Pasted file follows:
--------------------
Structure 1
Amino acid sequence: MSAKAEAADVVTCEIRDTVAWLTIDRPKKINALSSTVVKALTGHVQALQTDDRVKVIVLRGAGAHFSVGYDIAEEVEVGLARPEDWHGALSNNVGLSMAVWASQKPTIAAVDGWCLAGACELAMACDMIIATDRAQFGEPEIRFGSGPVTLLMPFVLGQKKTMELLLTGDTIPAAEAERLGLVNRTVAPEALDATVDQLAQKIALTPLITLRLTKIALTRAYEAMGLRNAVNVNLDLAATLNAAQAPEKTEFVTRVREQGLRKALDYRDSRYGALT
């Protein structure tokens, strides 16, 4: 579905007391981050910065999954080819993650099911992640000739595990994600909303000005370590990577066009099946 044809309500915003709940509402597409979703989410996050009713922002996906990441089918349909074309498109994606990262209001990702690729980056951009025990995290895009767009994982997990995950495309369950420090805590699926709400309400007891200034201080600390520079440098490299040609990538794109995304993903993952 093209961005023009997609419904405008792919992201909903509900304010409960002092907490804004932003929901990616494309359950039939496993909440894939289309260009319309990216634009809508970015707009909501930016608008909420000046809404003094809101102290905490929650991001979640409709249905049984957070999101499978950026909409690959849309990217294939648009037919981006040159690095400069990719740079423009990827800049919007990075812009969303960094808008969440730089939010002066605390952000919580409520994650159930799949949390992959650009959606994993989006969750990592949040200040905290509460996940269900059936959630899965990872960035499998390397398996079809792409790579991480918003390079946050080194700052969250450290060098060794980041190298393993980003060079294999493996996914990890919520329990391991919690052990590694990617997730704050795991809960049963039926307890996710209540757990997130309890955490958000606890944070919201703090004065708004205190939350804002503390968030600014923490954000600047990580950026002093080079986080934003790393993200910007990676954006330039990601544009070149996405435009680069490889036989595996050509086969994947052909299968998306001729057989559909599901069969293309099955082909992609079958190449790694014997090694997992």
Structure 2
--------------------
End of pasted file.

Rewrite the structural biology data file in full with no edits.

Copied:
Structure 1
Amino acid sequence: MSAKAEAADVVTCEIRDTVAWLTIDRPKKINALSSTVVKALTGHVQALQTDDRVKVIVLRGAGAHFSVGYDIAEEVEVGLARPEDWHGALSNNVGLSMAVWASQKPTIAAVDGWCLAGACELAMACDMIIATDRAQFGEPEIRFGSGPVTLLMPFVLGQKKTMELLLTGDTIPAAEAERLGLVNRTVAPEALDATVDQLAQKIALTPLITLRLTKIALTRAYEAMGLRNAVNVNLDLAATLNAAQAPEKTEFVTRVREQGLRKALDYRDSRYGALT
């Protein structure tokens, strides 16, 4: 579905007391981050910065999954080819993650099911992640000739595990994600909303000005370590990577066009099946 044809309500915003709940509402597409979703989410996050009713922002996906990441089918349909074309498109994606990262209001990702690729980056951009025990995290895009767009994982997990995950495309369950420090805590699926709400309400007891200034201080600390520079440098490299040609990538794109995304993903993952 093209961005023009997609419904405008792919992201909903509900304010409960002092907490804004932003929901990616494309359950039939496993909440894939289309260009319309990216634009809508970015707009909501930016608008909420000046809404003094809101102290905490929650991001979640409709249905049984957070999101499978950026909409690959849309990217294939648009037919981006040159690095400069990719740079423009990827800049919007990075812009969303960094808008969440730089939010002066605390952000919580409520994650159930799949949390992959650009959606994993989006969750990592949040200040905290509460996940269900059936959630899965990872960035499998390397398996079809792409790579991480918003390079946050080194700052969250450290060098060794980041190298393993980003060079294999493996996914990890919520329990391991919690052990590694990617997730704050795991809960049963039926307890996710209540757990997130309890955490958000606890944070919201703090004065708004205190939350804002503390968030600014923490954000600047990580950026002093080079986080934003790393993200910007990676954006330039990601544009070149996405435009680069490889036989595996050509086969994947052909299968998306001729057989559909599901069969293309099955082909992609079958190449790694014997090694997992």
Structure 2